Naira Reclaims Value as FX Demand Pressures Ease

Naira Reclaims Value as FX Demand Pressures Ease

The Nigerian naira made significant rebounds Wednesday from exchange rate (FX) pressures witnessed in the official window in the previous day due to increasing demand for foreign currency (FCY) to conduct offshore transactions by market participants.

Data from the FMDQ Exchange platform reviewed by MarketForces Africa Research showed that the local currency was quoted at N742.31 per United States dollar at the Investors’ and Exporters’ FX window.

This showed that the exchange rate improved by N26.13 midweek from N768.44 which was quoted in the forex market for importers, exporters, and other invisible users the previous day.

However, the parallel market experienced a depreciation, with the Naira falling 0.76% to N780.9 from N775 per unit of greenback due to a spike in demand ahead of fx liquidity available for trades. Currency traders said users that cannot immediately access funds from official window drive foreign currency surge during the day trading.

The market is still searching for fx rate unification across the markets – open and official FX markets. The monetary authority expects the foreign currency to flow freely after the exchange rate reforms.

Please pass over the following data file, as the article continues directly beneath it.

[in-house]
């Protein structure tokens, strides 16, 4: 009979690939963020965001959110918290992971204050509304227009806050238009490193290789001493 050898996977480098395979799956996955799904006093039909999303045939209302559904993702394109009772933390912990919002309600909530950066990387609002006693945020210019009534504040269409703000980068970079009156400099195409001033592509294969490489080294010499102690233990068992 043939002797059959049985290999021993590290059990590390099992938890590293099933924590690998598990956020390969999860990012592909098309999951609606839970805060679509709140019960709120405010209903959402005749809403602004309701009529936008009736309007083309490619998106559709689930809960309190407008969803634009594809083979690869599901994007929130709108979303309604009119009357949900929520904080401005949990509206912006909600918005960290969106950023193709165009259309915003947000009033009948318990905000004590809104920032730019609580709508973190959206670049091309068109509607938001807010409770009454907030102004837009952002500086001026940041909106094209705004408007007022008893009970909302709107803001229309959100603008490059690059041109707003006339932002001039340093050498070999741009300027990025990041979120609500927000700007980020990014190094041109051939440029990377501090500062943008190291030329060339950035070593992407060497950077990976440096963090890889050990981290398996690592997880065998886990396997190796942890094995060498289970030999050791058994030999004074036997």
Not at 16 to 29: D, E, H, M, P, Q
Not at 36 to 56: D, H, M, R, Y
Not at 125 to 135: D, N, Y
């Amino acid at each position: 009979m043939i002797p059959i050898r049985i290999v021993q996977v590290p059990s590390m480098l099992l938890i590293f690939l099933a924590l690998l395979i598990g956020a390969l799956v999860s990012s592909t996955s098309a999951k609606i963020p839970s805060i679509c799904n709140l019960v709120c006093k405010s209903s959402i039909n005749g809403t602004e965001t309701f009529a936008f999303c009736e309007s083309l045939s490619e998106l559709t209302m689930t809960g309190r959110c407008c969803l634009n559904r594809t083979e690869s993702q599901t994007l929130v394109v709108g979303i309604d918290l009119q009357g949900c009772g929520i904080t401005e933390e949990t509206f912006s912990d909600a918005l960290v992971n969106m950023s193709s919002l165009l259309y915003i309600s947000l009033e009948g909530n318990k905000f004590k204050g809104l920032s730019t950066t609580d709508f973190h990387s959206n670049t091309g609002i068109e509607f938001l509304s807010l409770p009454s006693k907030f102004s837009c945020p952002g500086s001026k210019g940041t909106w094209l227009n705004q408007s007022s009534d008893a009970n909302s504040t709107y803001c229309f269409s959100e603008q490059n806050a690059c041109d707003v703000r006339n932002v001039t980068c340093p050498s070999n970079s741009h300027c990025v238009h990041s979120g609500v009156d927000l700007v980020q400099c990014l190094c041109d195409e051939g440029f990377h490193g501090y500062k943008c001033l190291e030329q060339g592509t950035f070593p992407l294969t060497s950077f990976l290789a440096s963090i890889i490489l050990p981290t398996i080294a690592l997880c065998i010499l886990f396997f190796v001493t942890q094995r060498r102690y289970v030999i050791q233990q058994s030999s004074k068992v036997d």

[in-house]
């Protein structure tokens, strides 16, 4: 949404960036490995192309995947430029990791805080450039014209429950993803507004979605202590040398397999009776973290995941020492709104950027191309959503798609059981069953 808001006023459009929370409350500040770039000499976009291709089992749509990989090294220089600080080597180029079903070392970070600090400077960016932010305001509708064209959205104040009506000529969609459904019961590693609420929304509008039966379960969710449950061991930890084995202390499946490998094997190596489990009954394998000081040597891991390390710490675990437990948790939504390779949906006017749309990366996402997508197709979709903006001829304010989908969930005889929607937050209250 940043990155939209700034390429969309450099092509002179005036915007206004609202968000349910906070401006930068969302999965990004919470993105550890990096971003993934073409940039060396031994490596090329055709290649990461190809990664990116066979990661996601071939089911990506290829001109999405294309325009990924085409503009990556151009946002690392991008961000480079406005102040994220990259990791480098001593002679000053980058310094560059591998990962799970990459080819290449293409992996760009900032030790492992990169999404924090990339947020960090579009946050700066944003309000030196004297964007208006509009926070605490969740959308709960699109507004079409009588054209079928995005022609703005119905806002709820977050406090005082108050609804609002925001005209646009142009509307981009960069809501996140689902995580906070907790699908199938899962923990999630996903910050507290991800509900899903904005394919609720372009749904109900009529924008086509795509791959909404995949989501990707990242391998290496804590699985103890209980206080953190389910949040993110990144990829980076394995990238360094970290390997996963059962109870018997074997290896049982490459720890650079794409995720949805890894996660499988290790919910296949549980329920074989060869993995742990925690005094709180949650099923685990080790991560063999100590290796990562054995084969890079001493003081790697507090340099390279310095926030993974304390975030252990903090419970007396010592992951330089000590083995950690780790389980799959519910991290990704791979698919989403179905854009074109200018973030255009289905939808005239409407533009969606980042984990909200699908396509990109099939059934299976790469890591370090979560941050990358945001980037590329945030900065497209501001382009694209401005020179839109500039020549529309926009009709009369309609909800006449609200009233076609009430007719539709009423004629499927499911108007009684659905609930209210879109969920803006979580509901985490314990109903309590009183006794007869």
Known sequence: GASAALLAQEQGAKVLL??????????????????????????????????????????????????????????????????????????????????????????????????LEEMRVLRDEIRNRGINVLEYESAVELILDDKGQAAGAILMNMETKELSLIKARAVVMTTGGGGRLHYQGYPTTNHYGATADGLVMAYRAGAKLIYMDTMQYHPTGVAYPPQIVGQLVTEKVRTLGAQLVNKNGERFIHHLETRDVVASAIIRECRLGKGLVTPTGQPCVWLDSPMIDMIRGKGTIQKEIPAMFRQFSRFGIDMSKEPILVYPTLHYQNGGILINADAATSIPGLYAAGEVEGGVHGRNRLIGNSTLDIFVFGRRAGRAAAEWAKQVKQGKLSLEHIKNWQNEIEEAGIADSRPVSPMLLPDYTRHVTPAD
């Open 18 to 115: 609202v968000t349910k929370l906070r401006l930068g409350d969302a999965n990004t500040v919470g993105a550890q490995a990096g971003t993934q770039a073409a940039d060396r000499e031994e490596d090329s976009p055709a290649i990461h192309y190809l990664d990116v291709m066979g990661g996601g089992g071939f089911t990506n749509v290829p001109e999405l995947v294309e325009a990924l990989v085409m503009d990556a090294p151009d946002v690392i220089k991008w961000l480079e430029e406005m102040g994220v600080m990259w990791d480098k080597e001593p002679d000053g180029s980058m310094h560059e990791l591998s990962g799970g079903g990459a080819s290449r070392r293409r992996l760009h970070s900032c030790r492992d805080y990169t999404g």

There is an indication that the apex bank is planning to settle its fx backlog to foreign investors and possibly return to open market operation in the second half.

In the second half of 2023, forex market liquidity is expected to improve to a level that will support the naira to recover to its fair value following the undervaluation estimates. Bank of America projected that the naira will claw back losses, having noted that it is currently undervalued.

Some investment banking firms agreed with BofA’s estimate on the local currency but insisted that the Central Bank of Nigeria’s decision to float the local currency will have fewer impacts until it clears the FX backlog. Next week, Nigeria is expected to settle $500 million Eurobond.

During the day trading on Wednesday, Nigerian non-deliverable currency forwards fell to a new record low of N775, down from the previous low of N770, Refinitiv data showed.

Non-deliverable currency forwards, a derivative product used to hedge against future exchange rate moves, indicated markets expected the naira’s exchange rate at N775 to the dollar in one month’s time

In the global commodity market, Brent crude rose 0.42% to $76.57 per barrel, while West Texas Instruments (WTI) crude gained 1.11% to $71.94 per barrel. #Naira Reclaims Value as FX Demand Pressures Ease Nigerian Treasury Bills Yield Rises to 7%